Tim and Amy Jenson both were brought to faith at an early age through baptism. God nurtured their faith over the years. Tim recalls how the pastor who confirmed him told his class, “You can never out give God!”

 How true those words turned out to be for them.

They met at Camp Luther in Wisconsin during the summer of 1947. Tim was there to build and Amy was working to earn money for school. Tim became a building contractor with a sizeable crew, building 20+ homes a year. Amy was consecrated a Lutheran Deaconess and worked as a parish deaconess in Milwaukee, WI for 2 years. “We were married in 1951,” Amy said. “God granted us three children and all died. We feel sure if they had lived our lives would have been so very different.”

In 1965 Tim was accepted through the LCMS Board of Missions to be a mission builder in Papua New Guinea. Before they went, friends asked them how they could give everything up and move somewhere where they couldn’t even speak the language. Amy replied saying, “But our Lord Jesus Christ is going with us and He is all that matters.”

While in Papua New Guinea Tim built for the mission and trained locals how to build. Amy created lessons to help the women in their everyday lives. Their monthly income from the mission was less than $250, plus benefits. After 5 ½ years, the Synod’s mission contributions had fallen short so they could not return.

“Our Papua New Guinean friends knew we and other staff were there because people in America loved Jesus and gave money for His Church,” said Amy. “When we said we could not return, they asked, “Don’t Americans love Jesus anymore? Don’t they give money to Him anymore?’”

 “Now in hindsight we view our years there as the highlight of our lives,” added Tim.

When Tim and Amy returned to Wisconsin in 1971, they built a home and Tim went back to building, but on a smaller scale. Then they were asked to oversee the building of a church and school in Haiti, so in the winter of 1980-81 they went for 4 ½ months. A man whose company built large cement block buildings in the United States gave $90,000 for the project. “He came for the dedication and was very pleased,” Tim said. “He said if that building would have been built in the U.S., it would have taken over a year to build and cost over a million dollars.”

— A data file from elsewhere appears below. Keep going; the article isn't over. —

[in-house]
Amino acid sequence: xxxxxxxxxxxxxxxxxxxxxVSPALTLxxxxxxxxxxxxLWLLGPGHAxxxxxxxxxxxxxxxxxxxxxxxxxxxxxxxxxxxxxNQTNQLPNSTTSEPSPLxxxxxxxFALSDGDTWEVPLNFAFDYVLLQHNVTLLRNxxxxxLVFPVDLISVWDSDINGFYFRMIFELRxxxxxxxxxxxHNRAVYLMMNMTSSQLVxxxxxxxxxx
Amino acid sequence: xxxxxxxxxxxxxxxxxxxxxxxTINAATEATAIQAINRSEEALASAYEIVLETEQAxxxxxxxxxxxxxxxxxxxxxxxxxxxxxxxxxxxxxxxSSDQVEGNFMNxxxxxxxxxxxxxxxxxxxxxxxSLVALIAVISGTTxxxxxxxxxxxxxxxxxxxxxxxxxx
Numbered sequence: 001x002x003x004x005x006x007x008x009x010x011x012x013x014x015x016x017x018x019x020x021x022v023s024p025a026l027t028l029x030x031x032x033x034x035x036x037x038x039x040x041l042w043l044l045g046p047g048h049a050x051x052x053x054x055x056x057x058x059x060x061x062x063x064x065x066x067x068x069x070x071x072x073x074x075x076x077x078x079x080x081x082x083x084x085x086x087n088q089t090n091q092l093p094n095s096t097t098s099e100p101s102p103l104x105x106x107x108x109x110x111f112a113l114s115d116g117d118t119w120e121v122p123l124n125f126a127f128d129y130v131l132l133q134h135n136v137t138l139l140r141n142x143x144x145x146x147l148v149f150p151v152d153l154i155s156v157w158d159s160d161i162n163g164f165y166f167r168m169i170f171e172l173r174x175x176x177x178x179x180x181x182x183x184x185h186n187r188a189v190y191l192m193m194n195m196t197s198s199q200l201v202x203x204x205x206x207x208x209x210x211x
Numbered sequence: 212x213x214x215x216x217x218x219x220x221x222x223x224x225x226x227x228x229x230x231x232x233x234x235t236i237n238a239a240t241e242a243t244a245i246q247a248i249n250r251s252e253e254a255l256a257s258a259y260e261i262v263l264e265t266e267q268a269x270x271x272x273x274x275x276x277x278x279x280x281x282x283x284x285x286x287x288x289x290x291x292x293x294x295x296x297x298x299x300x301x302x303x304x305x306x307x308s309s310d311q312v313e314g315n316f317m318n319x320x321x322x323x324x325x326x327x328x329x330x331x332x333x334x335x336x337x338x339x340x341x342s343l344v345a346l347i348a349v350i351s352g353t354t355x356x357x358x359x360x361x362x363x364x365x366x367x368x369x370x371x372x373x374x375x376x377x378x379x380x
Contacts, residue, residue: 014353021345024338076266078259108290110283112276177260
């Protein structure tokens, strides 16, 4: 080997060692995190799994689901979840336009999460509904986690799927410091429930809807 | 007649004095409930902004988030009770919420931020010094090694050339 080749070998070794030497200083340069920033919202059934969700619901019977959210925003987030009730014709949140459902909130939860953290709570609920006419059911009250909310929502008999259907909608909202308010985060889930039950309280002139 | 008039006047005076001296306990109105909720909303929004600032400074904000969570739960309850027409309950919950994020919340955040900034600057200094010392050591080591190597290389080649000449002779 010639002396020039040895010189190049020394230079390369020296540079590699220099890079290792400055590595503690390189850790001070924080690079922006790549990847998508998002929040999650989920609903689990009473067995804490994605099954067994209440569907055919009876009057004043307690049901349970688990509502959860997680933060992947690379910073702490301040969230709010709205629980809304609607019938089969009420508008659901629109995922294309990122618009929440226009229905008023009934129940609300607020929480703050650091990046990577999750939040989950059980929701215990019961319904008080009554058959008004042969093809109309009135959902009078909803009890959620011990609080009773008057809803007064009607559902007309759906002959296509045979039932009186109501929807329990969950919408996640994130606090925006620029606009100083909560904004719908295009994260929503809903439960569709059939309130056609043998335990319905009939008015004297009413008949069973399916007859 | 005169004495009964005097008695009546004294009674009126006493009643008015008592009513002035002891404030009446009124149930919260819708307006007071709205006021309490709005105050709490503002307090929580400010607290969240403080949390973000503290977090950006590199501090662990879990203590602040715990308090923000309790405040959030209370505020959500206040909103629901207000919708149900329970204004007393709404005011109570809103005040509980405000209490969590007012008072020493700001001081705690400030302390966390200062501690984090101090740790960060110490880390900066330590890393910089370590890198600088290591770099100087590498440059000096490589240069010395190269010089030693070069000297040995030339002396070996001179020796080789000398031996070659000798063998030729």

Tim retired later in 1984. The following year, they learned of Laborers For Christ, the Synod’s new organization where workers go around the country helping congregations build new facilities and are paid minimum wages. “We truly enjoyed the next 15 years working on 26 different projects,” Amy said. 

Because most of the Laborers For Christ workers are from different professions and Tim was an experienced builder, he was usually asked to be a building supervisor. “We usually were the first to arrive on site and the last to leave,” he said.

In 2001 Tim was 80 years old, past the cut-off age to work for Laborers For Christ. So they retired again. “Our last project with Laborers For Christ was at Camp Luther helping to build a large conference center which included men’s and women’s dorms,” Tim said. 

The dorm he helped build over 50 years prior was razed.

Since then they have been involved in building homes for Habitat for Humanity. At first, Tim helped with the construction job as a whole, later he focused more on making cabinets and trimming out the inside.

 Over the years, their net income was never over $20,000 a year. “With God’s blessing we always had money with some to spare,” Amy said. “When we realized how much we were worth, we knew we’d never need that much to live on and we had no heirs.”

 They bought a Thrivent life insurance survivors whole policy, which would be worth a little less than double their investment at the time of both their deaths. That money and the balance of their estate will go into their Endowment Fund. It will be invested in Lutheran Church Extension Fund in perpetuity and the interest goes to LCMS missions. “Our gift will help build churches and church related buildings over and over and the interest will help spread the Gospel message around the world,” said Tim. “If God lets the world remain for some years, our gift to missions will be greater than giving the original amount!”

“When we look back on our lives, we realize how God used us to touch many lives in different places and how He gave us joy and contentment in serving Him and His Kingdom,” Amy said. “We always took to heart the fact that all that we are and have are His and we are only stewards of His blessings. In thinking ahead we decided we wanted to make a difference in the future as well as what He allowed us to do in the past. To God be all the glory.”